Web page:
However, nearly all participants were against the idea of programmes on someone else’s TV being changed remotely and the majority felt that each individual should be in control of their own TV, unless explicit permission had been given.

I would hope they’d be in control of what they’re watching. I can’t change their TV can I? I’d like to warn them I’m about to change their TV…

It shouldn’t change the other person’s TV. It would be like a ghost…

I’d like to drag and drop for my own TV but I’d be annoyed if someone else changed my TV – we’d end up having wars! It takes control away.

A couple of participants mentioned that a small alert in the corner of the other person’s TV screen might be a useful compromise.

Some initial conclusions

  • Overall, participants were complimentary about trying out N-Screen; they mostly liked it and found it fun and easy to use, but not necessarily for collaborative browsing and watching TV in real-time with others.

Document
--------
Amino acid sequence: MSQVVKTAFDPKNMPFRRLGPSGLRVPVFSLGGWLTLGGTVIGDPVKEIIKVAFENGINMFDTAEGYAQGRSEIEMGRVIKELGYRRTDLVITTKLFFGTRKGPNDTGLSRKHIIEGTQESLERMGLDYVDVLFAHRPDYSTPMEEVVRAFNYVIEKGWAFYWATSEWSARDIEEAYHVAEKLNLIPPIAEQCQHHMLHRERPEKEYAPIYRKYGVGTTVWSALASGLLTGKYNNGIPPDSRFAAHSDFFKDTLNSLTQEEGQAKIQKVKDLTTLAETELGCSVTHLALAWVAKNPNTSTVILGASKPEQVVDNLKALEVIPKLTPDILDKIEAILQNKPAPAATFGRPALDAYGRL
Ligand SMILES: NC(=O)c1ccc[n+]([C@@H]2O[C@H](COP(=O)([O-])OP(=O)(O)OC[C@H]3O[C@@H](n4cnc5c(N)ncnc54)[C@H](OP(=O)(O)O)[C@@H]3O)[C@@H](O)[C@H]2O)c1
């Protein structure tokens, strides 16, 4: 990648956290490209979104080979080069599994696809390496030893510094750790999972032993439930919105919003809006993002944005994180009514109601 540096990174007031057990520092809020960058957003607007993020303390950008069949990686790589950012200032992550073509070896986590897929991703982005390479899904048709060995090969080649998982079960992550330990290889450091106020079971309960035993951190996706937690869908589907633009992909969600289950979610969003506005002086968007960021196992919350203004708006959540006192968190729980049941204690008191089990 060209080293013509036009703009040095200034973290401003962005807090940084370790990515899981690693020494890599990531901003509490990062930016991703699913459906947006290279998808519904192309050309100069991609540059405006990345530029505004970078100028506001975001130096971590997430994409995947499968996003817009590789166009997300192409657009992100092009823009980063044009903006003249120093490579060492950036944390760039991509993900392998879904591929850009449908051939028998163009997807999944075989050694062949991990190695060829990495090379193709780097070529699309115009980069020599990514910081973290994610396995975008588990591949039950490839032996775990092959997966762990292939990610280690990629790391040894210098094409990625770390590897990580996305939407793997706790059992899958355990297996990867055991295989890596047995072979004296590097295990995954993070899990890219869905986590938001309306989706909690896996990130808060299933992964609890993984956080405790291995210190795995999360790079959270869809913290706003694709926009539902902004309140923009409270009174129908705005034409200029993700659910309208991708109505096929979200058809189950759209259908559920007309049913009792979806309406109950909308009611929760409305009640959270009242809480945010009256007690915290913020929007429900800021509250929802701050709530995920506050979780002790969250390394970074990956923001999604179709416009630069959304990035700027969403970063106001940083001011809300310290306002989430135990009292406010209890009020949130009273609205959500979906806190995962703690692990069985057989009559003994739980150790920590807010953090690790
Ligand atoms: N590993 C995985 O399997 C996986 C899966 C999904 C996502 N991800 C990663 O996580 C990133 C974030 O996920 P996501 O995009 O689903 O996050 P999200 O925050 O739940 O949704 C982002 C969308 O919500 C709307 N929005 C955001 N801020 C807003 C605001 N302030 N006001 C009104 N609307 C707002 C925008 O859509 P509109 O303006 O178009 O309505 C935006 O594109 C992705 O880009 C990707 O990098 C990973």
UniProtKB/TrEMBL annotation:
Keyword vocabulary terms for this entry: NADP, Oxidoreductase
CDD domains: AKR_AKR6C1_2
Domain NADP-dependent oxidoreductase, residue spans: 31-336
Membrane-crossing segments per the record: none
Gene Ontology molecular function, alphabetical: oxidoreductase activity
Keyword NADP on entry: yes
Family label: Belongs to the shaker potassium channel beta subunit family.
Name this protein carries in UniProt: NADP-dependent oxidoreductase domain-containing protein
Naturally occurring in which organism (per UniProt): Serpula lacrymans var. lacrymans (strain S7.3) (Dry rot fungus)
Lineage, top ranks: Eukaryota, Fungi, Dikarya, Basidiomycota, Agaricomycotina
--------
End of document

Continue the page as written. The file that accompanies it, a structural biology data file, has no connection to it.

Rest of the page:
• They were positive about the different types of programme suggestions and the concept of sharing and receiving suggestions with friends.
  • However, several of the older participants couldn’t see it replacing other ways of sharing TV recommendations such as texting or emailing. The latter were also sceptical about the concept of getting together with friends to decide what to watch on TV without having pre-planned it.
  • The idea of dragging a programme to the TV icon as a way of controlling what’s playing on the TV was universally liked, so long as it didn’t also change their friends’ TVs.

Next we’ll be taking a closer look at the implications of these findings.

Posted in Recommendations, Second screens, Showcase, Social TV, User Experience | 1 Comment